The rise/fall time method offers an effective approach for measuring the capacitance of capacitors, relying on monitoring the time it takes for the voltage across the capacitor to reach a specific percentage of its maximum value during charging or discharging through a resistor. This method's simplicity and efficiency make it particularly useful for evaluating capacitor packs with specified tolerances.

**Objective**

This experiment aims to determine the capacitance of a pack of ten 10µF capacitors with a 5% tolerance. Utilizing the Red Pitaya board, the capacitance values will be measured using the rise/fall time method, and the standard deviation among the measured values will be calculated to assess their consistency and reliability.

**Experimental Setup**

**Materials**

- Red Pitaya board (serving as both signal generator and oscilloscope)
- A pack of ten 10µF capacitors with a 5% tolerance
- A 1kΩ resistor
- A button switch for initiating capacitor charging
- Wires, alligator clips, and other necessary connectors

**Assembly**

**Circuit Construction:**Connect a 1kΩ resistor in series with a capacitor. Use the 3.3V output from the Red Pitaya to charge the capacitor through a button switch. The schematic below illustrates the setup.**Measurement Preparation:**Launch the Oscilloscope app on the Red Pitaya, setting the trigger to single mode with IN1. Adjust the trigger level slightly above the noise floor.

**Procedure**

**Capacitor Charging:**Press the button switch to start charging the capacitor. The oscilloscope will capture the voltage rise across the capacitor.**Rise Time Measurement:**Utilize the Cursor function in the Oscilloscope app to measure the time interval from 10% to 90% of the final voltage, crucial for calculating capacitance.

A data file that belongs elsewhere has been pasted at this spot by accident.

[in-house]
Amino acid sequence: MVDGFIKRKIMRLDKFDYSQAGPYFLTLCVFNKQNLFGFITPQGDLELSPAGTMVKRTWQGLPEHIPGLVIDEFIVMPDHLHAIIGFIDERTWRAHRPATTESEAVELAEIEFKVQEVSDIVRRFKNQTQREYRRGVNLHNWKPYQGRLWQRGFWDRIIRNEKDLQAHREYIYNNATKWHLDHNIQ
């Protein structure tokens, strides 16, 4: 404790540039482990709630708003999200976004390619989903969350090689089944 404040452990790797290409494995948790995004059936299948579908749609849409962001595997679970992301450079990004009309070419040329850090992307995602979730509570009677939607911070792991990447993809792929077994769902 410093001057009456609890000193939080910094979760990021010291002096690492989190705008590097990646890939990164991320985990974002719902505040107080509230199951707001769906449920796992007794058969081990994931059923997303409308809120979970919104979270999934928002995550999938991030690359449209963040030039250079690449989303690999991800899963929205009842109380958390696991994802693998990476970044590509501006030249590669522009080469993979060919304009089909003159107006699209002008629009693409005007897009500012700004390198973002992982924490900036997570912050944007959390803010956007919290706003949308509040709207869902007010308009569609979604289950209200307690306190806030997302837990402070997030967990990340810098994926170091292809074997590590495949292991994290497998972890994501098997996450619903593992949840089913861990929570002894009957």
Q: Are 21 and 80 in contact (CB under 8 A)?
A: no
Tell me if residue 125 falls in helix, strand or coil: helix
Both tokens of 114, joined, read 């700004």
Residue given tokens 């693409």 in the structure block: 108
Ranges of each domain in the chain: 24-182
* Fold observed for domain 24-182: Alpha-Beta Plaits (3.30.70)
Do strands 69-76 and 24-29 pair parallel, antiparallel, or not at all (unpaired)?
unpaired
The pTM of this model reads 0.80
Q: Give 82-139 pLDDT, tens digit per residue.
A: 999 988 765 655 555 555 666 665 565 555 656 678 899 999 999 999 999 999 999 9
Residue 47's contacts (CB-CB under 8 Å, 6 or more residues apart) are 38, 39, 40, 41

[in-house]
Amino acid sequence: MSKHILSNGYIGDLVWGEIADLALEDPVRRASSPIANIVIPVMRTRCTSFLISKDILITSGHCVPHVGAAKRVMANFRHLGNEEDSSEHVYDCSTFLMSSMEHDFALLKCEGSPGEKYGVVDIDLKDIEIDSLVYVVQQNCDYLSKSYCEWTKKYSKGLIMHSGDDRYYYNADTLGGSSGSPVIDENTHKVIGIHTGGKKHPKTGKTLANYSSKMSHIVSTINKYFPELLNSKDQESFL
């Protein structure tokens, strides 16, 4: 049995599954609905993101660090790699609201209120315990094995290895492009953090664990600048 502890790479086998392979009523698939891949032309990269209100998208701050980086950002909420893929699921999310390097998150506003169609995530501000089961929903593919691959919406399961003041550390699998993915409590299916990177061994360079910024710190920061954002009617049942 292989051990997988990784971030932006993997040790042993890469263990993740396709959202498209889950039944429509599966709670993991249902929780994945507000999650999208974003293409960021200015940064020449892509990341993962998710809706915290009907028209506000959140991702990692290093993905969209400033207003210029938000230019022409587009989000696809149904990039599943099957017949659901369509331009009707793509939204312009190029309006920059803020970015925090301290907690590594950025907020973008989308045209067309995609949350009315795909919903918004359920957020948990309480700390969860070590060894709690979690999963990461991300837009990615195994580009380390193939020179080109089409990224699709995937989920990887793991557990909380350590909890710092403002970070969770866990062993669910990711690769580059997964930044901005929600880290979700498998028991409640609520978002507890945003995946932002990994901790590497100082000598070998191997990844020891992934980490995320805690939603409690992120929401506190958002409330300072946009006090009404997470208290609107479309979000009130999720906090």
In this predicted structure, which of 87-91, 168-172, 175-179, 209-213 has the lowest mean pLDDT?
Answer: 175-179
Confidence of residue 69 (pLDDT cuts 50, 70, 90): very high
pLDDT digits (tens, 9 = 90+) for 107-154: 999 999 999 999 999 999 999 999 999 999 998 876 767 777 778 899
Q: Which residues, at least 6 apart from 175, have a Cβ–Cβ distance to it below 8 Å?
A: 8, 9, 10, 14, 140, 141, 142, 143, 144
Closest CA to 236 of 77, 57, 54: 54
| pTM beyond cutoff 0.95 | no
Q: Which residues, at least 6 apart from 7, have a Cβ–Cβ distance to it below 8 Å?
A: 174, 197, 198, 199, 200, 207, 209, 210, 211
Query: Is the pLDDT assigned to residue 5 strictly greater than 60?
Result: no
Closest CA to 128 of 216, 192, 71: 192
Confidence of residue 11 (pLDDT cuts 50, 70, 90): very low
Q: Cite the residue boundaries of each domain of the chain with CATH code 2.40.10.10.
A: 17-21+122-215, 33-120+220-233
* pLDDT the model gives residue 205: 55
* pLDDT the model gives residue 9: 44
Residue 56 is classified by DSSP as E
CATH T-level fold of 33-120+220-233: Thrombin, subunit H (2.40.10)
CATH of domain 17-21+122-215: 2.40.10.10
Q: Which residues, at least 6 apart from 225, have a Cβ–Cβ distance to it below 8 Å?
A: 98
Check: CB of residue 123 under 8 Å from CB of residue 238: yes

The capacitance can then be calculated using the formula:

$C = \frac{2 \pi R t}{\ln\left(\frac{V_f}{V_i}\right)}$where C is the capacitance in farads, R is the resistance value of the resistor in ohms, t is the rise time in seconds, Vi is the initial voltage across the capacitor, and Vf is the final voltage across the capacitor, we can calculate the capacitance of each capacitor.

**Standard Deviation Calculation**

The results of the experiment for the 10 capacitors with 100uF and 5% tolerance are as follows:

Capacitor 1: 99.23 uF

Capacitor 2: 100.45 uF

Capacitor 3: 98.67 uF

Capacitor 4: 100.14 uF

Capacitor 5: 101.51 uF

Capacitor 6: 97.92 uF

Capacitor 7: 98.56 uF

Capacitor 8: 99.79 uF

Capacitor 9: 102.15 uF

Capacitor 10: 99.63 uF

Using the values we obtained earlier, we can calculate the mean capacitance as:

$mean$Then, we can calculate the variance as:

$\text{variance} = \frac{(99.23 - 99.85)^2 + (100.45 - 99.85)^2 + (98.67 - 99.85)^2 + (100.14 - 99.85)^2 + ... + (99.63 - 99.85)^2}{9} = 1.283 \text{ uF}$Finally, we can calculate the standard deviation as the square root of the variance:

$\text{standard deviation} = \sqrt{\text{variance}} = \sqrt{1.283} = 1.13 \text{ uF}$Therefore, the standard deviation of the capacitance values for the 100uF capacitors is 1.13 uF. This tells us that the values are relatively close to each other and that the capacitors are within the expected tolerance range.

**Conclusion**

In conclusion, the rise/fall time method using the Red Pitaya proved to be a reliable and accurate way to measure the capacitance of our capacitors. By measuring the voltage rise or fall time of the capacitor and using the appropriate formulas, we were able to obtain the capacitance values with good precision. The calculated standard deviation of the capacitance values showed that our capacitors were within the expected tolerance range of 5%.

This experiment not only provided us with an understanding of the rise/fall time method, but also with the opportunity to practice using the Red Pitaya’s oscilloscope and pulse generator features. These skills are essential for any electronics engineer or hobbyist who works with capacitors and other electronic components.